Meanwhile, I received a package of books to judge for the RITA contest. So while my next book is pushing itself to the surface of my brain, I get to nibble the fruit of other author brains.

Which is a lot less icky than I just made it sound.

Posted in Books, Other Stuff, Publishing, Reading, Writing

The Next Big Thing

I’ve been “tagged” in something called (I believe) a “blog hop.” I’m supposed to answer a few questions about the book I am currently working on, then “tag” the next author — who will post her answers to the same questions next Wednesday and tag someone else. And so on. It’s rather like the white elephant game many of you are playing at your office Christmas party, only without the gifts. Or the option to swap your white elephant with someone else’s if you get something you don’t want. Or the ability to sneak out and go home, or at least check your Facebook page, while everyone else is preoccupied. Or —

Okay, it’s nothing like the white elephant game. Forget it.

Anyway, these are the questions … and my answers.

What is the working title of your book?

It will be a two-word title and the last word will be “Cool.” The first book in the series is WICKED COOL. The second book is SCARY COOL. So this book, the third one, will be, um, “[something] Cool.” The “cools” I am toying with at the moment are WAY COOL, TOO COOL, and WAY PAST COOL. Oh, wait, that’s three words. But it fits better than the others. On the other hand, it’s kind of lame. What about HALF-PAST COOL? Nah, that stinks. Maybe I’ll just call the book BITE ME. Ha, ha! No, I’m not serious. For one thing, somebody’s probably already snagged that title for a vampire book. Hmm. So what is the working title of my book? Let’s go with TOO COOL. For now.   

Where did the idea come from for the book?

Actually, I don’t have “an” idea for the book at this stage. I have a bunch of ideas, and am choosing which to use and which to toss. Then I have to comb through the ideas I’m keeping and decide which are central and which are secondary. Then I must place them in order of what happens when. Right now, I don’t know what happens in the book. I can’t hazard even a guess as to what the book is about. Frankly, I have no business answering any questions about this book yet and I can’t believe I agreed to do this blog hop.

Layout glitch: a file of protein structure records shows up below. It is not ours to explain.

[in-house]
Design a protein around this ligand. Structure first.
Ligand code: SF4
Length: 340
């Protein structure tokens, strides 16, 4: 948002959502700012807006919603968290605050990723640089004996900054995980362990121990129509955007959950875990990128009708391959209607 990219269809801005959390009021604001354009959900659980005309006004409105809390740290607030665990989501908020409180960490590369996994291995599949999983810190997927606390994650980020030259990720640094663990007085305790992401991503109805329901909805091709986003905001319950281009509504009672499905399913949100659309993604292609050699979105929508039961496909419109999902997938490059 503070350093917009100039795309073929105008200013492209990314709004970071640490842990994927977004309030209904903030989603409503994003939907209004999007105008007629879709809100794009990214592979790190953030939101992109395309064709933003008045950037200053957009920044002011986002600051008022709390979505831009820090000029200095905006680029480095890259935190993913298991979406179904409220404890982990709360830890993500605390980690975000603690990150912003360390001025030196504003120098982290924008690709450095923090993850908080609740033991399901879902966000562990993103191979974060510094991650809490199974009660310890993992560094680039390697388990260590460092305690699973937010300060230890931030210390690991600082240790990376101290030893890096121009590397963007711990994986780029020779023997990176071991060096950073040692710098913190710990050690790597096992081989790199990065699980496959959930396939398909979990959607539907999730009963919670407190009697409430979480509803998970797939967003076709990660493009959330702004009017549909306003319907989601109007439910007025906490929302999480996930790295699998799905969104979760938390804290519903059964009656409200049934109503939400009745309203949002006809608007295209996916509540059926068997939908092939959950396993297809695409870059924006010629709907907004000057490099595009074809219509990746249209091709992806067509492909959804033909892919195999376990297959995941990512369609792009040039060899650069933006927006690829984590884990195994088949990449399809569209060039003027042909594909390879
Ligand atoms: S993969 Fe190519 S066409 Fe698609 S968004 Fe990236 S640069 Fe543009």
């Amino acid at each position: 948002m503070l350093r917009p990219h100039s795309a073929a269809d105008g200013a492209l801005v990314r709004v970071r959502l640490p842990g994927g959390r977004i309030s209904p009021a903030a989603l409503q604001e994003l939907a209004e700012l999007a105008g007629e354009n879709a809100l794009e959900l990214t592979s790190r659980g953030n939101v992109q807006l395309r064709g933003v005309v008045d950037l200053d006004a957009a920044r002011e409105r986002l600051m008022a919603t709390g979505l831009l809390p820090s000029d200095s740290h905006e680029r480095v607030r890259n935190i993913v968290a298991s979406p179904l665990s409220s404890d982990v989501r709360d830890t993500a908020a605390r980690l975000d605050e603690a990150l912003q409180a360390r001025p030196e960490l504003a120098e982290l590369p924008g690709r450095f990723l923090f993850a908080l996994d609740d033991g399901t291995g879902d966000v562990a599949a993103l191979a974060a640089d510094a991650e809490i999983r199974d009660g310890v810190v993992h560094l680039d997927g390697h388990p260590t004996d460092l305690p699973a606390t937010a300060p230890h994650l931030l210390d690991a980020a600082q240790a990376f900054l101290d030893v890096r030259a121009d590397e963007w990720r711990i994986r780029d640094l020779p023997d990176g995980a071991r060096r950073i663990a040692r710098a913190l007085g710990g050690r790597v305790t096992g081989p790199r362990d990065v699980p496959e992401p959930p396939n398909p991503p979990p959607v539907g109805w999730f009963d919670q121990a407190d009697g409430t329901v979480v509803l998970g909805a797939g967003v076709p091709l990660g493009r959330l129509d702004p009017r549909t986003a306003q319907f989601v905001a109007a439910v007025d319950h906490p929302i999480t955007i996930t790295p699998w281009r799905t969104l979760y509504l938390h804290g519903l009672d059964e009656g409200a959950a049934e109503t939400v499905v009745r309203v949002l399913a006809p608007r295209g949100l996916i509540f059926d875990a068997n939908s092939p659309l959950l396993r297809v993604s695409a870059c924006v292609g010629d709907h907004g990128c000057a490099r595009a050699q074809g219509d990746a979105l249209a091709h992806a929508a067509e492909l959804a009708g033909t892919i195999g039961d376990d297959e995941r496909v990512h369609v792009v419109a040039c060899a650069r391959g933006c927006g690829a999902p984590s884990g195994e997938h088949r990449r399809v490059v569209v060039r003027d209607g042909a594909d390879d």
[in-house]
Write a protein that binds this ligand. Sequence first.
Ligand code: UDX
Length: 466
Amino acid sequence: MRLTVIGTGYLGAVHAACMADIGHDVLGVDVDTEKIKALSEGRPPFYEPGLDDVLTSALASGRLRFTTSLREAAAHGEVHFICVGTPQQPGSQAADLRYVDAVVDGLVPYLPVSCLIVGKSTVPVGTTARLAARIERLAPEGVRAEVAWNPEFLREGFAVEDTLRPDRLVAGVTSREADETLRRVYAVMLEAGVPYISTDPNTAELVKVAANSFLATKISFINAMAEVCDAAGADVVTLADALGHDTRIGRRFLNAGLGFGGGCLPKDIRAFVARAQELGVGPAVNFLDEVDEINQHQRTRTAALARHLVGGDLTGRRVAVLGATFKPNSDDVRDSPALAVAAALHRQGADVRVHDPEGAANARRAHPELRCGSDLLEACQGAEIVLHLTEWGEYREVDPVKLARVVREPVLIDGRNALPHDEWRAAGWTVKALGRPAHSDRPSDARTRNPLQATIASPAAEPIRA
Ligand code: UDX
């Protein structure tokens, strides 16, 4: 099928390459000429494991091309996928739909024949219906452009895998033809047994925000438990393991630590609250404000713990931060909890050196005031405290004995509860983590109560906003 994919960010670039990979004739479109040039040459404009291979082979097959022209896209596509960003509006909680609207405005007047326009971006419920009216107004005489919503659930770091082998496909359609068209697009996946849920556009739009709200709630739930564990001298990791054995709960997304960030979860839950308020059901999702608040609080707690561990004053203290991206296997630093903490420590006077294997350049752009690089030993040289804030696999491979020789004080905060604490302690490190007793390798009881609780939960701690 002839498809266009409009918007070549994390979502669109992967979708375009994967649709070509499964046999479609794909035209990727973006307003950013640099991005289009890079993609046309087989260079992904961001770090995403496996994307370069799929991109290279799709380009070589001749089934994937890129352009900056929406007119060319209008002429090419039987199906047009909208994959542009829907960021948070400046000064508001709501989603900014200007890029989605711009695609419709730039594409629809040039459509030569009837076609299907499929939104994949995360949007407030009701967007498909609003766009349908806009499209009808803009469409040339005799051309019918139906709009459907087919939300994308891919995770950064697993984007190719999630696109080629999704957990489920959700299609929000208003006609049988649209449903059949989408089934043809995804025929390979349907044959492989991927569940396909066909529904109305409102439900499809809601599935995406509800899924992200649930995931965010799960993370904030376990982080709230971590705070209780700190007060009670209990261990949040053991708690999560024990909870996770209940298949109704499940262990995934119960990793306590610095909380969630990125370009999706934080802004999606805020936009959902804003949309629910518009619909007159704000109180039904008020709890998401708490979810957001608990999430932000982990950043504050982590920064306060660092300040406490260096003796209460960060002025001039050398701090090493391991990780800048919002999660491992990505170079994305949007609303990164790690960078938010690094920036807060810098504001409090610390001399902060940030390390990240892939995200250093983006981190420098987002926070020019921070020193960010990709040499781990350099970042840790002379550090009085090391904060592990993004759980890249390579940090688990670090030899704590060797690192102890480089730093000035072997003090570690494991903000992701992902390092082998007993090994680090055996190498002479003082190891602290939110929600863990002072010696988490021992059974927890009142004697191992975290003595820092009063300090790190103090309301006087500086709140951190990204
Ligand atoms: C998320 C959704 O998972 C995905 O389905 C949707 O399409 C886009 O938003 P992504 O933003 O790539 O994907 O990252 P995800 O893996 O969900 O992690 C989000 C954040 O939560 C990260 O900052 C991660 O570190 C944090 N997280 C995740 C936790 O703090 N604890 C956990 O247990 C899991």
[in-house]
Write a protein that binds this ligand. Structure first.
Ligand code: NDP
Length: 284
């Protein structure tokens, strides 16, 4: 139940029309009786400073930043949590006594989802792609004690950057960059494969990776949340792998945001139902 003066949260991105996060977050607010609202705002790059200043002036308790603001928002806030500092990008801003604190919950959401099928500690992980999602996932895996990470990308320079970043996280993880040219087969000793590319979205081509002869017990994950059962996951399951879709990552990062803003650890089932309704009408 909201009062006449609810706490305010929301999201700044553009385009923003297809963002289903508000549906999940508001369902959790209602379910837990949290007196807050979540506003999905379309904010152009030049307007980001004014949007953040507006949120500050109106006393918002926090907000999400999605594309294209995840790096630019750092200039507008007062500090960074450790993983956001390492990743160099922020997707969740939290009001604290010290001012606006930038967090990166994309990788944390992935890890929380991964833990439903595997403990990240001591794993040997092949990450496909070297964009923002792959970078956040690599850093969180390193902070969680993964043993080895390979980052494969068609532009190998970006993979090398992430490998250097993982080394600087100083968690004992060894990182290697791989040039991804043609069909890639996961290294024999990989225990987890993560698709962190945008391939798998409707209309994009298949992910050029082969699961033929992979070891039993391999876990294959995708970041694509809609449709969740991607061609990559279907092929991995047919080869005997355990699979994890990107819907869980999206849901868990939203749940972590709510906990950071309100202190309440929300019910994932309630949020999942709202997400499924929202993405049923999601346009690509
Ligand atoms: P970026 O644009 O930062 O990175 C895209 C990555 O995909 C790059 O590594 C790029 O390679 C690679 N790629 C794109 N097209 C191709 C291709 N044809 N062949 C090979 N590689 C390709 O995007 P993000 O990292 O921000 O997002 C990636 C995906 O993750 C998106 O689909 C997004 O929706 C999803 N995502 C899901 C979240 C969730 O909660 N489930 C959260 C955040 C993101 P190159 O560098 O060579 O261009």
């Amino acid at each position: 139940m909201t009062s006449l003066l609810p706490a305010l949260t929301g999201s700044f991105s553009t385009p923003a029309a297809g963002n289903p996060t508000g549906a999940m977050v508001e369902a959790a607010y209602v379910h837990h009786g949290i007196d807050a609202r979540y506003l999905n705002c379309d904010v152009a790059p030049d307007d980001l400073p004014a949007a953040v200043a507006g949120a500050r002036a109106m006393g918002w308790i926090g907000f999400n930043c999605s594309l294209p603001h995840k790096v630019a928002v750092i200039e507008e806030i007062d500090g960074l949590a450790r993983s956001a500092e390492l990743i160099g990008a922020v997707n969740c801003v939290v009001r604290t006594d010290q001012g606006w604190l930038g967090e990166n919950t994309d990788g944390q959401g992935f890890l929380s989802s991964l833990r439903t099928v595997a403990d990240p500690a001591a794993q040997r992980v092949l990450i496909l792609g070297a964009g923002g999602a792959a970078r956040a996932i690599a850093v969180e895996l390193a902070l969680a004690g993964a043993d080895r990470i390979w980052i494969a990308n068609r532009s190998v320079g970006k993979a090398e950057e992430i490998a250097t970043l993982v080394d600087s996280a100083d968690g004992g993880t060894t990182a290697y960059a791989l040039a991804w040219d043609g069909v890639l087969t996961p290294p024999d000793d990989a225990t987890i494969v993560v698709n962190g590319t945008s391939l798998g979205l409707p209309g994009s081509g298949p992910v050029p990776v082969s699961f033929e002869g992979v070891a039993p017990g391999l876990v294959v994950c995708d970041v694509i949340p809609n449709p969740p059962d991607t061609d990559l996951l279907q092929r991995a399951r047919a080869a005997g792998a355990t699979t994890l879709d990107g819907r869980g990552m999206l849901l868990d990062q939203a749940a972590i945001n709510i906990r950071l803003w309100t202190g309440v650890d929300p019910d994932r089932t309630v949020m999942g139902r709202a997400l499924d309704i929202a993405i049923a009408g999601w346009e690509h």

What genre does your book fall under?

Finally, an easy question! Thank you. Young adult paranormal romance.

Which actors would you choose to play your characters in a movie rendition?

I shall urge the director to cast whichever actors do the best job at the auditions.

What is the one-sentence synopsis of your book?

“A young man obsessed with death falls for an old woman obsessed with life.” Oh, sorry, that’s Harold & Maude. Crap. Guess I don’t have a synopsis yet.

Will your book be published, self-published or represented by an agency?

Yes.

How long did it take you to write the first draft of your manuscript?

I haven’t written a single word of it yet. But so far? Two months. And I only wish I were kidding.

What other books would you compare this story to within your genre?

It reminds me a lot of WICKED COOL and SCARY COOL.

Who or What inspired you to write this book?

The reviewers of SCARY COOL. So far, every reviewer has given it five stars. And every last one of ‘em seems to expect a “next book in the series.” It’s hard to withstand that sort of pressure, folks.

What else about your book might pique the reader’s interest?

If I knew the answer to that, believe me, I would tell you. You and everyone else in the English-speaking world.

Now for the good part: the tag for next week’s edition of  “The Next Big Thing!” I proudly refer you to Kate Rothwell, who also writes as Summer Devon. Her blog is here, and it’s great fun to read. So are some of her books. I can’t say ALL of her books, because I haven’t read them all — yet. She’s awfully prolific. And by “awfully” I mean I am in awe of her. So “awfully” in the nicest possible sense of the word.